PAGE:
The federal No Surprises Act was enacted on 28 December 2020. As per the Act, patients will be protected from the surprise medical bills that are handed over to them in case of a particular emergency as well as the non-emergency settings involving out-of-network settings.
According to the No Surprises Act, the payors will have to provide treatment to out-of-network patients considering them to be in-network. The Act mentions a procedural process through which providers and payors can arbitrate any payment disputes that are out-of-network. Other features of the process will be gradually known in the regulations that are in the pipeline.
The protections under the No Surprises Act became effective on January 1, 2022. The details are as follows.
The 30-Day Negotiation Period
After the payor responds to a provider, one month is the maximum time they can take in order to negotiate between themselves in order to resolve the dispute voluntarily if possible, before arbitration becomes the only option.
The Four-Day Period
If the provider and the payor fail to negotiate between themselves within the one-month time period, either the provider or the payor can choose arbitration. The time frame given to request arbitration is four days.
Who Is the Arbitrator?
The process of arbitration in such cases is presided over by independent entities who have experience in resolving disputes. The federal government has passed a resolution that lays emphasis on resolving disputes by independent entities. The regulation also includes a list that mentions the names of qualified entities who can be fit to provide arbitration services.
What Type of Arbitration Is It?
The basic style of arbitration that the No Surprises Act adopts is the baseball style. This specific type of arbitration is not identical to the typical process that parties usually go through while being involved in arbitration, in any way. When an arbitration process is conducted in the baseball style, each of the concerned parties offers an amount as payment to get the dispute resolved.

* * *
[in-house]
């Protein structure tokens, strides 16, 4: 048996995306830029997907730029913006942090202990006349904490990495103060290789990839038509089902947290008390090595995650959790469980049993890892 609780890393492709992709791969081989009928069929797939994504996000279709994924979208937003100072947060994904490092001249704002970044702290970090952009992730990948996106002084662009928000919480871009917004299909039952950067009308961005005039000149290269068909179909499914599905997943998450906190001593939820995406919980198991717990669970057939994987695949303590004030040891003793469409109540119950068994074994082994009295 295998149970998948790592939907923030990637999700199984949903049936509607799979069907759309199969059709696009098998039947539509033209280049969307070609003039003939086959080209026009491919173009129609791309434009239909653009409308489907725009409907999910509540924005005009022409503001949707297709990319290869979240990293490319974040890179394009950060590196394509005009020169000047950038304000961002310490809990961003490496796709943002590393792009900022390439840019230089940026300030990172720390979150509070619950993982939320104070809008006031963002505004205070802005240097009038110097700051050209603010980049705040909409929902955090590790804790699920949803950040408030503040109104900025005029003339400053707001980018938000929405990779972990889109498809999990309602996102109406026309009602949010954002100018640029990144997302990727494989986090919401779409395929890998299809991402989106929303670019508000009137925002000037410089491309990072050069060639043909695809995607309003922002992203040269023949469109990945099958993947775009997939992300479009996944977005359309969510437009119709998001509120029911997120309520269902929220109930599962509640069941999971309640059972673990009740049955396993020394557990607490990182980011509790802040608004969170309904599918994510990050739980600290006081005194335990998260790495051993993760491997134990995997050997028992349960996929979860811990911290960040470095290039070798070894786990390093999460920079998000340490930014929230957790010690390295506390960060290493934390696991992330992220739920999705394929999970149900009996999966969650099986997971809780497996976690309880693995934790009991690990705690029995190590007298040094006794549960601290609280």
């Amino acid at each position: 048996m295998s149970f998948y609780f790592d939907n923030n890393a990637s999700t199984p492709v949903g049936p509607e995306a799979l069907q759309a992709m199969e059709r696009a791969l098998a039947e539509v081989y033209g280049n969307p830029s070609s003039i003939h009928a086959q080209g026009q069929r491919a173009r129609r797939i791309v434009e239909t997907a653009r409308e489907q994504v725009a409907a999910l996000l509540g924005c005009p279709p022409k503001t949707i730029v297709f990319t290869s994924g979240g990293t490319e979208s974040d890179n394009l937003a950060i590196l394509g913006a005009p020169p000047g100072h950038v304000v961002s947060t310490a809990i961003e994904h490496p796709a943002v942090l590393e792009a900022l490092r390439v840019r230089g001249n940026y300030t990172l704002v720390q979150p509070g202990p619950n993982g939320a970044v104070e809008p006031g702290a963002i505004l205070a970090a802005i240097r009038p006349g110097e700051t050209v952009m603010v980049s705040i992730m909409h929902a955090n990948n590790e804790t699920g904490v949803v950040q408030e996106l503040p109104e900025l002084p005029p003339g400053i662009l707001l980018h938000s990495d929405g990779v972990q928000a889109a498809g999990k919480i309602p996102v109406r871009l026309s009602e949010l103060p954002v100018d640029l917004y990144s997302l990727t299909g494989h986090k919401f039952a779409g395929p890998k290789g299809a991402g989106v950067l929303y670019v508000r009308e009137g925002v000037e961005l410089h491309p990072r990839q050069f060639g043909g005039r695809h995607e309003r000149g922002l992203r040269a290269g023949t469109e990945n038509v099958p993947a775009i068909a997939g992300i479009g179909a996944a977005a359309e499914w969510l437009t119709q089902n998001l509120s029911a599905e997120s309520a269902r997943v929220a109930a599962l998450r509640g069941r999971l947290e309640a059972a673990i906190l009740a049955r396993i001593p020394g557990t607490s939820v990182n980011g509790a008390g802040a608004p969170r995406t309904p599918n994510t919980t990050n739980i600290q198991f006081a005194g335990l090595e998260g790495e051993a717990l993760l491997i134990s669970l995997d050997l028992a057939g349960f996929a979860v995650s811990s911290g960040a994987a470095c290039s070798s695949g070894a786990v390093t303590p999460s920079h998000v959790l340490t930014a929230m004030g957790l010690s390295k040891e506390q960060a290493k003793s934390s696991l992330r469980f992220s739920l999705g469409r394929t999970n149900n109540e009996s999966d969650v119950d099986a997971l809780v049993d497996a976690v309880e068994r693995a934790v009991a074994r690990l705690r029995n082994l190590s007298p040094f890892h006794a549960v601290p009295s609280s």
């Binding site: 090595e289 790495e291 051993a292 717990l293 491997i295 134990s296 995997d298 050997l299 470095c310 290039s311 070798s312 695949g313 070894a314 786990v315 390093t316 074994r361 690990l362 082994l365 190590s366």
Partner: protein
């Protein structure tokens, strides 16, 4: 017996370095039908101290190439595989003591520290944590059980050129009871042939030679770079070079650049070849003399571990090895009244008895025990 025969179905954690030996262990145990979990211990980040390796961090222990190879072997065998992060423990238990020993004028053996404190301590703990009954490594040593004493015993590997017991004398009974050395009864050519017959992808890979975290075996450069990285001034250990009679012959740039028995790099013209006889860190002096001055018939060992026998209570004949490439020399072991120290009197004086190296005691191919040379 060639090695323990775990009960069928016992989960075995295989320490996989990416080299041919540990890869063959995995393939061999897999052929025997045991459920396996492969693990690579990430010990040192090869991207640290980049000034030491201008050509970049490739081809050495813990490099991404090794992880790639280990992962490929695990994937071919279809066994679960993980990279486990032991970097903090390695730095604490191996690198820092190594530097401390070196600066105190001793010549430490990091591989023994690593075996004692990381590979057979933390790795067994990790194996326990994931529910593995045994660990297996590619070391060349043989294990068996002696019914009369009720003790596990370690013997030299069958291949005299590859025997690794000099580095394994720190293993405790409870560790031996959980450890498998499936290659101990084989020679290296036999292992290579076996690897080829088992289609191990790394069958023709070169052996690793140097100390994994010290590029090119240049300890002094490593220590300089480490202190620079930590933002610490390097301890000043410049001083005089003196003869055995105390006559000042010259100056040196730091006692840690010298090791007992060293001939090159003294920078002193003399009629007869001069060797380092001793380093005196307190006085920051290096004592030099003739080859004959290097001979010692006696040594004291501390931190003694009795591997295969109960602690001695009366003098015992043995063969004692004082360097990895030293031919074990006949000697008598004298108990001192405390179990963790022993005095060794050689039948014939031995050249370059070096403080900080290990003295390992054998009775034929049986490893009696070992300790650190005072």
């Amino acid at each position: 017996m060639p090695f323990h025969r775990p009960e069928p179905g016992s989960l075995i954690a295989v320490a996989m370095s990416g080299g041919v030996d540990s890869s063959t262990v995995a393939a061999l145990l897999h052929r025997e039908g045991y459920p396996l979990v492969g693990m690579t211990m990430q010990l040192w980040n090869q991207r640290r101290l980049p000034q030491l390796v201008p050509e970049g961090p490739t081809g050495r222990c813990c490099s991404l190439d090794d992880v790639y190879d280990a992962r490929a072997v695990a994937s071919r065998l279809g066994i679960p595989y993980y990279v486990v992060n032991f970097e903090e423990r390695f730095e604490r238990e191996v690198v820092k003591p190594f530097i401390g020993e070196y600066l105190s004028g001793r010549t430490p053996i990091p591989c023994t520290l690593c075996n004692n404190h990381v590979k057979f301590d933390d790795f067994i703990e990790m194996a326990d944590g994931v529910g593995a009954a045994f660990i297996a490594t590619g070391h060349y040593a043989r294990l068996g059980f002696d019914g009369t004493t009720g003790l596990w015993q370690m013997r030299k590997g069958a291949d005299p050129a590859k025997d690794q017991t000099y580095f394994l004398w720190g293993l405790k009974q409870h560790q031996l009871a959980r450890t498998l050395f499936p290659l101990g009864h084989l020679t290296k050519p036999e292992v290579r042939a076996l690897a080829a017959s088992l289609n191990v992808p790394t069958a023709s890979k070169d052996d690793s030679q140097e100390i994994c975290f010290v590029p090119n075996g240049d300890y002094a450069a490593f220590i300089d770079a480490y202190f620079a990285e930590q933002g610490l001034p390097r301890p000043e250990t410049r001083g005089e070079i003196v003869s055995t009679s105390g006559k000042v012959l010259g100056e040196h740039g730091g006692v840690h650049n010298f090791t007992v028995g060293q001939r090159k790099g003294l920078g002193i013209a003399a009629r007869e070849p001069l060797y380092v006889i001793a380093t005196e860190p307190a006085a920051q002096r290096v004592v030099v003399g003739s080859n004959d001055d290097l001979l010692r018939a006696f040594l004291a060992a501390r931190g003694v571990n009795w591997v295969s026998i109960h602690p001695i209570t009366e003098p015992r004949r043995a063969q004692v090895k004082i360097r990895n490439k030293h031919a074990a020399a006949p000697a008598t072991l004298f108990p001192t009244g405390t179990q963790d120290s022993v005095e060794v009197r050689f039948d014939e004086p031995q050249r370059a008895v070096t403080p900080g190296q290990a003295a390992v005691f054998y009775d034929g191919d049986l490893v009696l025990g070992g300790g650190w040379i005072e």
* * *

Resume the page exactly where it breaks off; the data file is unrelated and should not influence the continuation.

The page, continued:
It’s the arbitrator’s discretion to choose either of the amounts offered. But that doesn’t lead to any other conclusion. In baseball-style arbitration, like a majority of the arbitration procedures, the decision of the arbitrator will be binding on the disputing parties. However, the parties can settle or negotiate even after the arbitration decision has been passed.
A number of cases can be put together in a batch and pushed into a single arbitration. This is done to bring in more efficiency. That being said, the cases put in a batch must have the same provider, same insurer, similar medical condition, and similar treatment. Cases that have occurred within a month can get batched together.
The Losing Party Pays the Arbitration Costs
Never has the losing party paid the arbitration costs before. That hasn’t ever been according to the normal domestic litigation and the norms of arbitration. However, Congress has surprised everyone by imposing the expenses related to the administrative costs of arbitration on the party that loses in the arbitration. It is being presumed that Congress has taken this decision so that the parties can focus on settling the disputes between them and not get involved in anything aggressive.
90-Day Lockout Period
If a party initiates the arbitration procedure, it will have to face a 90-day lockout period after the arbitration passes a decision. This implies that it can’t involve the same party in another arbitration within those 90 days. The goal is to push the disputing parties to settle an issue that has similar claims, between themselves. In case there is a claim that occurs during this 90-day time frame, it will go into arbitration after this time frame is over.
Arbitrations have the liberty to consider various factors. The factors have been mentioned in the No Surprises Act. One, the training and experience, the quality and outcomes measurements, patient acuity and complexity of services, teaching status, the scope of services, and case mix, the qualifying payments amount, the market share held, and so on and so forth.
The arbitrators can’t consider the billed charge or the usual charge as well as the public payor reimbursement rates, such as Medicare, Medicaid, TRICARE, or CHIP. providers who have OON exposure should now focus on assessing how they can approach this particular type of arbitration so that they are totally prepared after the implementation of the No Surprises Act is in full swing.